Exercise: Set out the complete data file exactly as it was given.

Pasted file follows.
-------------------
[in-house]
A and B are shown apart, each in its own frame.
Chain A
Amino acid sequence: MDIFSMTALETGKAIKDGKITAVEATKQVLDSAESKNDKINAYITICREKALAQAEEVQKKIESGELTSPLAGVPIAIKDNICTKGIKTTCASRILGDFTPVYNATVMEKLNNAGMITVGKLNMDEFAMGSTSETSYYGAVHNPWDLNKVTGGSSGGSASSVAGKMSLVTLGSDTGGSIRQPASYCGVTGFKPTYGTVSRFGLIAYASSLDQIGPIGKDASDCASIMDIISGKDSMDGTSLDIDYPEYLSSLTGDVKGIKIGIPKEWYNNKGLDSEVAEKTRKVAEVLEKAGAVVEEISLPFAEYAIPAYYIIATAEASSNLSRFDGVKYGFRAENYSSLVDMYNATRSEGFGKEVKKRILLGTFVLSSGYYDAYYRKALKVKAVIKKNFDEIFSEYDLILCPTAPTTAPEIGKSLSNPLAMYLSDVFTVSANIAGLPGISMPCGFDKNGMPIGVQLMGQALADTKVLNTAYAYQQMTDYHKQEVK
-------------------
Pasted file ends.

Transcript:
[in-house]
A and B are shown apart, each in its own frame.
Chain A
Amino acid sequence: MDIFSMTALETGKAIKDGKITAVEATKQVLDSAESKNDKINAYITICREKALAQAEEVQKKIESGELTSPLAGVPIAIKDNICTKGIKTTCASRILGDFTPVYNATVMEKLNNAGMITVGKLNMDEFAMGSTSETSYYGAVHNPWDLNKVTGGSSGGSASSVAGKMSLVTLGSDTGGSIRQPASYCGVTGFKPTYGTVSRFGLIAYASSLDQIGPIGKDASDCASIMDIISGKDSMDGTSLDIDYPEYLSSLTGDVKGIKIGIPKEWYNNKGLDSEVAEKTRKVAEVLEKAGAVVEEISLPFAEYAIPAYYIIATAEASSNLSRFDGVKYGFRAENYSSLVDMYNATRSEGFGKEVKKRILLGTFVLSSGYYDAYYRKALKVKAVIKKNFDEIFSEYDLILCPTAPTTAPEIGKSLSNPLAMYLSDVFTVSANIAGLPGISMPCGFDKNGMPIGVQLMGQALADTKVLNTAYAYQQMTDYHKQEVK